State lawmakers say insurers are making excess profits during pandemic
SPRINGFIELD -- Two Democratic lawmakers this week introduced legislation to reduce state payments to the insurance companies that manage Illinois' Medicaid program, arguing that the COVID-19 pandemic is resulting in excess profits for the insurers.
Sen. Dave Koehler, of Peoria, and Rep. Fred Crespo, of Hoffman Estates, say that money saved due to the pandemic could be used to help struggling downstate hospitals whose resources have been strained by excess hospitalizations and low revenue.
"While insurance companies and managed care organizations see record-setting profits at the height of a global pandemic, rural communities across the state are experiencing unsustainable strain in their health care systems due to lack of resources," Koehler said in a statement Wednesday. "The money recouped through this legislation would provide immediate relief for Downstate hospitals that have been devastated by COVID-19."
The Illinois Medicaid program operates under a "managed care" model in which private insurance companies, known as managed care organizations, are paid a flat rate for managing the care of each Medicaid patient. Their profit margin is the difference between how much they are paid and how much they have to spend reimbursing health care providers for the patients' care.
Koehler and Crespo argue that patient demand for routine medical services like outpatient procedures has plummeted amid the pandemic. In contrast, the insurance companies that manage the program have continued to receive the same per-patient monthly rates for managing the care of each Medicaid recipient, resulting in higher profit margins.
On Wednesday, the two lawmakers filed companion bills that call for reducing the enrollment-based payments by 20% for the duration of the COVID-19 disaster declaration.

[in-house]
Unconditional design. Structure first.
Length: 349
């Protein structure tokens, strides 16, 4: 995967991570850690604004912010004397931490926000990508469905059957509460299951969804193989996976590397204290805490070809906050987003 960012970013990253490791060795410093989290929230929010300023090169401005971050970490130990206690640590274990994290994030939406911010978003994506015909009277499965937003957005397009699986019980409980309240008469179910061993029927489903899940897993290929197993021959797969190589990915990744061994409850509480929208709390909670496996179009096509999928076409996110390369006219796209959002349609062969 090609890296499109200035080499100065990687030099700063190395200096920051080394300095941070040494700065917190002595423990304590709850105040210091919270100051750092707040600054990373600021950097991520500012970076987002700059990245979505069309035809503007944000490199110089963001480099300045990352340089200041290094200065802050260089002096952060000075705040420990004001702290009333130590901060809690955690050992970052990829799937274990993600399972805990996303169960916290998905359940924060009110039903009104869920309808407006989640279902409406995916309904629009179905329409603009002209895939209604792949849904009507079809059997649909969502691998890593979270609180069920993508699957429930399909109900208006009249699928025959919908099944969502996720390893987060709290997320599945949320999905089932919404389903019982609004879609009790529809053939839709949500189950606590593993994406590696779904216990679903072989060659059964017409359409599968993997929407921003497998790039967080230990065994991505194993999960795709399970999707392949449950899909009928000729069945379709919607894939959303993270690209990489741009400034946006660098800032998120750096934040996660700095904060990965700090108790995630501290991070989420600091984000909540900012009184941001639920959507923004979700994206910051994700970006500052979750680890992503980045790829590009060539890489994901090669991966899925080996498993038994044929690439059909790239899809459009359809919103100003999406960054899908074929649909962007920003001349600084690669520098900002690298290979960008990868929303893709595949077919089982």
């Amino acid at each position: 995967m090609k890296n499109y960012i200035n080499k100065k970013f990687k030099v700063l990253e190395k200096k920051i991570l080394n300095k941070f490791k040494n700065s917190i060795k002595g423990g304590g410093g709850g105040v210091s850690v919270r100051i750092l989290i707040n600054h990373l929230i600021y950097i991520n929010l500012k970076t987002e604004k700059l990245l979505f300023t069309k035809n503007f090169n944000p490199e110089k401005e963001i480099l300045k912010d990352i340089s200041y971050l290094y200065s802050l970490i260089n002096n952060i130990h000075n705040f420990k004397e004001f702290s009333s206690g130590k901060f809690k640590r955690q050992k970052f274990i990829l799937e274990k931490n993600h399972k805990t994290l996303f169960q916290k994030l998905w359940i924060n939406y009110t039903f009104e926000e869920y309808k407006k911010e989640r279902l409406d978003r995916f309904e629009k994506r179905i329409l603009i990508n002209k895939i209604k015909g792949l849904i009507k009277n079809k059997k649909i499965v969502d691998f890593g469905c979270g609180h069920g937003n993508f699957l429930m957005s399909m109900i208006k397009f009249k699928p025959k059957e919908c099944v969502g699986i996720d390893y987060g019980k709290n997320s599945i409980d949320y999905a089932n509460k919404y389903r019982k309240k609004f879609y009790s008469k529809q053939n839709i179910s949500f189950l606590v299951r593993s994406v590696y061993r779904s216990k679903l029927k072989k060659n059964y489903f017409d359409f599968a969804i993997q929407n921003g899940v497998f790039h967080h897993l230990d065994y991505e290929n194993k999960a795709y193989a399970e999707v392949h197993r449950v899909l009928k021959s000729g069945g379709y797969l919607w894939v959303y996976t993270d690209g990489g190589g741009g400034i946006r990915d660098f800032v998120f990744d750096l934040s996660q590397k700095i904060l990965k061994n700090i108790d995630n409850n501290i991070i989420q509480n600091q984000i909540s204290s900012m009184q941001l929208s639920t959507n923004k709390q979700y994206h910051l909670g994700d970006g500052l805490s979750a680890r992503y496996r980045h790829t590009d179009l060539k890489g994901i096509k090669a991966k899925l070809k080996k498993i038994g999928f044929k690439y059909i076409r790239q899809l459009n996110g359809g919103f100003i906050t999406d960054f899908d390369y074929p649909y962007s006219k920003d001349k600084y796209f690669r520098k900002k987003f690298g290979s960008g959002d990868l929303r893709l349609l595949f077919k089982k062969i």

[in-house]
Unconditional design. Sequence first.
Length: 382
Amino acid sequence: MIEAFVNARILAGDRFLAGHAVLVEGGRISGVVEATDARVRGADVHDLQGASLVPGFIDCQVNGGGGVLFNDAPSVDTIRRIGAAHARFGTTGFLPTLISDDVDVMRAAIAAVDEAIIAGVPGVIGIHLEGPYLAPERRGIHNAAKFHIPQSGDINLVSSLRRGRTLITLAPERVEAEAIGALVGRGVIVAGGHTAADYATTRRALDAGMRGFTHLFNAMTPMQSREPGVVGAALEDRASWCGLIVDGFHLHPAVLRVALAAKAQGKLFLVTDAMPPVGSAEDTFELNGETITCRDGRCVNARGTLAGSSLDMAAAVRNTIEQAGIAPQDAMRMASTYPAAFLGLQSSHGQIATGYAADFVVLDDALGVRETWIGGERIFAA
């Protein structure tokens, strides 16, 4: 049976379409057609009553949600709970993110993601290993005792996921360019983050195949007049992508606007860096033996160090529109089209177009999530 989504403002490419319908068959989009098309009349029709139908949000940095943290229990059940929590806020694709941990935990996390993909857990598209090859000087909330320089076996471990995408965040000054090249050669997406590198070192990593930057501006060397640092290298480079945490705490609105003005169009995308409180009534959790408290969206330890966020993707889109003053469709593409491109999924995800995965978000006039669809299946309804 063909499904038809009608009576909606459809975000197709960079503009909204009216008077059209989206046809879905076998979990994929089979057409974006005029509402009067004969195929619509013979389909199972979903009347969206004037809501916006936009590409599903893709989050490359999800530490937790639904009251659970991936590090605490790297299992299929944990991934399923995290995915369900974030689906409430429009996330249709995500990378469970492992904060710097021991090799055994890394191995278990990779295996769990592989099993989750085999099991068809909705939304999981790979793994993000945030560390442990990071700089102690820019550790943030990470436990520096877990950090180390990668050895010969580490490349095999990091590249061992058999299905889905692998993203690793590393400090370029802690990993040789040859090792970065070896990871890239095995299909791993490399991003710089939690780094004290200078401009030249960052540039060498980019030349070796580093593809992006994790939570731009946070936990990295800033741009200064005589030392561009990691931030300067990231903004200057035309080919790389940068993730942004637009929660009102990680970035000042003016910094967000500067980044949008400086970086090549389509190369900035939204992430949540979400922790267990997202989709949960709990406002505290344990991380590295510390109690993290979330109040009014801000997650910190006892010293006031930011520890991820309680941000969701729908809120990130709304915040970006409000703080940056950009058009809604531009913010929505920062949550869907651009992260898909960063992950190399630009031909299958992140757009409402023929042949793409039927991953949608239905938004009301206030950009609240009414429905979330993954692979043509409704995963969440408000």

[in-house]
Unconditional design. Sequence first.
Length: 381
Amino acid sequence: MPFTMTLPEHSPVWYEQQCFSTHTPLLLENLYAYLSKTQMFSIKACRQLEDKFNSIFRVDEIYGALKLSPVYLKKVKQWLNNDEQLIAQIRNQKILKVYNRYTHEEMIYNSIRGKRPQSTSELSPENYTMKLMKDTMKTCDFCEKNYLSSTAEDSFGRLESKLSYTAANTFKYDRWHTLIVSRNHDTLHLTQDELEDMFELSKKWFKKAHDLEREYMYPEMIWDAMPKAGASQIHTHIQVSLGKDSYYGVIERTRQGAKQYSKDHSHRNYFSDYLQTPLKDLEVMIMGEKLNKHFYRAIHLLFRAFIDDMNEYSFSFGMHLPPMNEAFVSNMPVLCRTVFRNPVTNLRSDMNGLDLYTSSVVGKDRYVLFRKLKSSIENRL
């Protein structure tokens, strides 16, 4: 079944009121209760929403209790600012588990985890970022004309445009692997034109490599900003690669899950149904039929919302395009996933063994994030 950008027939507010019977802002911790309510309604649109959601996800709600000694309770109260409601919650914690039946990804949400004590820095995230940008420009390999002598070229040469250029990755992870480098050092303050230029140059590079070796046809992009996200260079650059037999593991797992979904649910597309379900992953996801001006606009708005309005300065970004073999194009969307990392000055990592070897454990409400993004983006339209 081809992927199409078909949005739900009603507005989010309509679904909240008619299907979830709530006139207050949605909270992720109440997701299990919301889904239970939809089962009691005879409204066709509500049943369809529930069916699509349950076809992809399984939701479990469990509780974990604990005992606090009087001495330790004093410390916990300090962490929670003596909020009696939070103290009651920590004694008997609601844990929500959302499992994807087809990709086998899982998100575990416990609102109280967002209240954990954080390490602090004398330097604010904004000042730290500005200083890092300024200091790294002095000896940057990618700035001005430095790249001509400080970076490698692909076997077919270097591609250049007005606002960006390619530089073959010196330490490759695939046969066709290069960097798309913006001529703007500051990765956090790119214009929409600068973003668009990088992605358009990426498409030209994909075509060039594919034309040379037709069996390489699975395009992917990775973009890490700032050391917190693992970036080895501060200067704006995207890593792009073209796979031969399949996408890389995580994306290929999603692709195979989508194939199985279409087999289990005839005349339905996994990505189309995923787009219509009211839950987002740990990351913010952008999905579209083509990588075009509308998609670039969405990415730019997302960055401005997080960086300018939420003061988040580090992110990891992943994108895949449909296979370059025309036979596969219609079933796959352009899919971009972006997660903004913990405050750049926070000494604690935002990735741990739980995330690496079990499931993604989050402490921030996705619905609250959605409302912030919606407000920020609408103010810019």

In addition, the bill would effectively make the reduced rates retroactive by reducing future payments on a prorated basis to claw back a portion of the rates that have already been paid out since the disaster declaration went into effect March 9.
Koehler said Illinois spends roughly $1.7 billion per month for MCO payments, so a 20% reduction would reduce that by $340 million.
Because the General Assembly is not currently in session, the bills have not yet been assigned to committees. However, the organization that lobbies for the MCOs has already begun pushing back against the plan, arguing that it's based on a false premise that utilization rates have actually decreased.
"There were significant decreases in utilization in April and May; however, by July utilization had rebounded," Samantha Olds Frey, CEO of the Illinois Association of Medicaid Health Plans, said in a statement. "It is important to note that MCOs don't just pay for hospital visits but a comprehensive healthcare benefit; such as: pharmaceuticals, long term care, and behavioral health. We recognize there may be individual provider partners with decreased utilization, but with the expansion of telehealth and the reinstatement of elective procedures health care utilization has stabilized."
Koehler said Friday that he expected resistance from managed care organizations but believes the plan has support within the heath care provider industry.
It is unclear if lawmakers will meet again during the 101st General Assembly, which officially ends in January, meaning both bills may need to be refiled during the 102nd General Assembly scheduled to begin Jan. 13.